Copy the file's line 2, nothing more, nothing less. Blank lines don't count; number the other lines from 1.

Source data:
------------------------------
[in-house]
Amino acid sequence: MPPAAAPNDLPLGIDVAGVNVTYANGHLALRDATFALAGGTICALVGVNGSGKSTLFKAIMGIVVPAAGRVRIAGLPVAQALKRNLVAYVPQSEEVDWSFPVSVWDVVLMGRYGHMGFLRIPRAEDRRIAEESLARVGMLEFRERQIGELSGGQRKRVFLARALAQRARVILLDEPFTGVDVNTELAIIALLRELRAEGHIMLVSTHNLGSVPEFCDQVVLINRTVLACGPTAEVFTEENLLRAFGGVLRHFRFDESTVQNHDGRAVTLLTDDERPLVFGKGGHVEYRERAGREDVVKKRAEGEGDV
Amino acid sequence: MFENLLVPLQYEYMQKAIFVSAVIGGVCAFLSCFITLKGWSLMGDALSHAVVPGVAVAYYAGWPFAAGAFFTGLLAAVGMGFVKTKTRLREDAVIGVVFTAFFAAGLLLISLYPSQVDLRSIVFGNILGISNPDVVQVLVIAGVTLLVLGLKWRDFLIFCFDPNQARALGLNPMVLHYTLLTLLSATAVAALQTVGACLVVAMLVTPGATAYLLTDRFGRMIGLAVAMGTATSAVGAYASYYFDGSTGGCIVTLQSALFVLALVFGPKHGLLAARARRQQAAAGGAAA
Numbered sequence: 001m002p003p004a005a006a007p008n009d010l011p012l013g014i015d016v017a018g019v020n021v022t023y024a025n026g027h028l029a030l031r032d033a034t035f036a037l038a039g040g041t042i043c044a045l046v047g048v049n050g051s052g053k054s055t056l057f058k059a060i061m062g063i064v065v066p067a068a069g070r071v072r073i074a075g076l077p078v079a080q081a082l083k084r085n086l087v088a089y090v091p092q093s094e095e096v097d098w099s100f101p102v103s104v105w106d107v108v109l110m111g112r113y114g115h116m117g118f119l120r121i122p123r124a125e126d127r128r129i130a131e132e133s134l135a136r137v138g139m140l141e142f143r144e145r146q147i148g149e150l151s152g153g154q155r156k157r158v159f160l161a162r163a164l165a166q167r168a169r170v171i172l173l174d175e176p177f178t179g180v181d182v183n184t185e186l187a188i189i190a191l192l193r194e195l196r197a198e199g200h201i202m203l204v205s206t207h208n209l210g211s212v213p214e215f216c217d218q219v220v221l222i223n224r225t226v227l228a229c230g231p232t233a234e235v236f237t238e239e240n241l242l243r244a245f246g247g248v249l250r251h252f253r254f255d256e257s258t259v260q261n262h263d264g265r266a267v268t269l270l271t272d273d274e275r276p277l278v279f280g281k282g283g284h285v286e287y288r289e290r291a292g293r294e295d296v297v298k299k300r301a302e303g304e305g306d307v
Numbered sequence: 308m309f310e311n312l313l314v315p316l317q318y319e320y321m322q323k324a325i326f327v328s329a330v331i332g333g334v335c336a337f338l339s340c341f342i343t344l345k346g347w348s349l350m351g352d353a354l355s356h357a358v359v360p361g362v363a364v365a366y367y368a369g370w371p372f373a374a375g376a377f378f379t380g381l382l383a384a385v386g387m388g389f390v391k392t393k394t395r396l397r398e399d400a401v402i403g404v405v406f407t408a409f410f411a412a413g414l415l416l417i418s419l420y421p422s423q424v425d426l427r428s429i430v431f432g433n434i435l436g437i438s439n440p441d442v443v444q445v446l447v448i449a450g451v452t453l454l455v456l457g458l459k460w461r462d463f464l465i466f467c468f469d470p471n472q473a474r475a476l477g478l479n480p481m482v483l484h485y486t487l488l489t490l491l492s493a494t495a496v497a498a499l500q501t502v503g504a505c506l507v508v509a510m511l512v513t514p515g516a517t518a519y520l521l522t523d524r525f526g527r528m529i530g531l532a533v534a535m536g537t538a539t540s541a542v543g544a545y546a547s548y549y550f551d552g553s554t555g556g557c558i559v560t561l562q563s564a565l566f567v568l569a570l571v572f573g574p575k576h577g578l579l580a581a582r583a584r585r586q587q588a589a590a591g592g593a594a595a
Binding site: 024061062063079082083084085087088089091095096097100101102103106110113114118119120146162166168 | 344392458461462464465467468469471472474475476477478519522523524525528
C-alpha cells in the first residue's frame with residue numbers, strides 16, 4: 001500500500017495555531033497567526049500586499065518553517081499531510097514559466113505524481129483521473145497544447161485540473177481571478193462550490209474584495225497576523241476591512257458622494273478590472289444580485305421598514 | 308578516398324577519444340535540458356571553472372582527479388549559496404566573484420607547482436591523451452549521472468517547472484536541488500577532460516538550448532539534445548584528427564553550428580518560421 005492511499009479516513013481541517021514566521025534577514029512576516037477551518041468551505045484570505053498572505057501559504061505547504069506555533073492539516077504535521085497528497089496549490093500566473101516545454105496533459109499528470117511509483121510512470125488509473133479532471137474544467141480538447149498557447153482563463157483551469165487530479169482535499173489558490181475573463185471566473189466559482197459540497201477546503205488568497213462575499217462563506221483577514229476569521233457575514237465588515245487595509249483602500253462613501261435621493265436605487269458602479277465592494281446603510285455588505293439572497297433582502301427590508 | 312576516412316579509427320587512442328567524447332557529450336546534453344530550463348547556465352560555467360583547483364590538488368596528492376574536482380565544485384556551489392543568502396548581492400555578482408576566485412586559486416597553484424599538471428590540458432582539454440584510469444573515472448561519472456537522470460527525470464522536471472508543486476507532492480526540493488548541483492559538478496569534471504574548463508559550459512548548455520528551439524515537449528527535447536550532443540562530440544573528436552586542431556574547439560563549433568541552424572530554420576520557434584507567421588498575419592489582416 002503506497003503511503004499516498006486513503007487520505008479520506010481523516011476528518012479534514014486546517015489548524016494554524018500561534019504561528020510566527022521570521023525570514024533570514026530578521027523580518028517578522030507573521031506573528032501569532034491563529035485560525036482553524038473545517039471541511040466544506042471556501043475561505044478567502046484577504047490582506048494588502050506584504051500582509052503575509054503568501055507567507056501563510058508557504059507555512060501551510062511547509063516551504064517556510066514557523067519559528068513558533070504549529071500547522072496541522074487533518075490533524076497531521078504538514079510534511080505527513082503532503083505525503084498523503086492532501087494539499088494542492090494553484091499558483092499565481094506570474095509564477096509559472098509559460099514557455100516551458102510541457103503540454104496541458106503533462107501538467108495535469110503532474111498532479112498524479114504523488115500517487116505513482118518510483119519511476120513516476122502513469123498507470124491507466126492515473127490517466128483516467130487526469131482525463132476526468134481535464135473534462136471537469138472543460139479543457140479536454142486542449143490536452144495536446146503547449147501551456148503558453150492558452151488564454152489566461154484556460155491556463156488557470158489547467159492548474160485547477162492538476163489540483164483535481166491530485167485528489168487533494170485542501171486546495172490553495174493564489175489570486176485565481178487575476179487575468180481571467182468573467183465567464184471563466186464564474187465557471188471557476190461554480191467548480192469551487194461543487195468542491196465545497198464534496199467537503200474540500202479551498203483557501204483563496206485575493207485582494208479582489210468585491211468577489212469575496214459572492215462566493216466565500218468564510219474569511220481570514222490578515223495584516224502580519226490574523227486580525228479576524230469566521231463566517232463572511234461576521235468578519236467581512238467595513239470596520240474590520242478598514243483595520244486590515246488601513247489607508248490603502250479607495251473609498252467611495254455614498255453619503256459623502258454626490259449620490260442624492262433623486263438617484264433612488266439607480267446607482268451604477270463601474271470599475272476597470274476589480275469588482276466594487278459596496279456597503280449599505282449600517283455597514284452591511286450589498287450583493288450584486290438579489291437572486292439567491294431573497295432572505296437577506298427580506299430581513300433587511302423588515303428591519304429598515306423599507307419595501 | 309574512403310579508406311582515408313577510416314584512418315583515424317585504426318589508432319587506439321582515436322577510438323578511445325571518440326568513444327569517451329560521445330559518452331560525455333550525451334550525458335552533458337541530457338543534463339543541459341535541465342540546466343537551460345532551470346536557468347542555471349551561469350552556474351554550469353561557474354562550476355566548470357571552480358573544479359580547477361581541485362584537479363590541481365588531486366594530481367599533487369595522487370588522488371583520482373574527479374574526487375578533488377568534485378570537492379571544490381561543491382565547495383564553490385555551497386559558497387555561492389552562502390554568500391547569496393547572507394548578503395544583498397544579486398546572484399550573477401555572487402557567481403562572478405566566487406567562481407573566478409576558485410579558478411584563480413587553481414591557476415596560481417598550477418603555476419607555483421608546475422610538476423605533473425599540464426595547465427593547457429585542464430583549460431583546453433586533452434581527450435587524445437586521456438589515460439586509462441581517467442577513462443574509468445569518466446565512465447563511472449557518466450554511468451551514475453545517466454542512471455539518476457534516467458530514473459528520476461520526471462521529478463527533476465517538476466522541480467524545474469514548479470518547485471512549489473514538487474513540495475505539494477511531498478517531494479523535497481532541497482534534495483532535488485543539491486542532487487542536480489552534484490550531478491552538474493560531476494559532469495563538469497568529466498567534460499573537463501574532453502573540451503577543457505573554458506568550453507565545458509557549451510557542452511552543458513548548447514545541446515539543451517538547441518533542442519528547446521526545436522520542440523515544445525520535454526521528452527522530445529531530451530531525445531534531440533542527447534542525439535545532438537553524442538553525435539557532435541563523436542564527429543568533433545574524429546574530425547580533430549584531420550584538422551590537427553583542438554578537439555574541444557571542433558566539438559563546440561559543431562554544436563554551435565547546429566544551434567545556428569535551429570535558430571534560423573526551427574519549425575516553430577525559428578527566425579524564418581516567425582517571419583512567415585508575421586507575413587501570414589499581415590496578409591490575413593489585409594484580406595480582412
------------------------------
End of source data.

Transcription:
Amino acid sequence: MPPAAAPNDLPLGIDVAGVNVTYANGHLALRDATFALAGGTICALVGVNGSGKSTLFKAIMGIVVPAAGRVRIAGLPVAQALKRNLVAYVPQSEEVDWSFPVSVWDVVLMGRYGHMGFLRIPRAEDRRIAEESLARVGMLEFRERQIGELSGGQRKRVFLARALAQRARVILLDEPFTGVDVNTELAIIALLRELRAEGHIMLVSTHNLGSVPEFCDQVVLINRTVLACGPTAEVFTEENLLRAFGGVLRHFRFDESTVQNHDGRAVTLLTDDERPLVFGKGGHVEYRERAGREDVVKKRAEGEGDV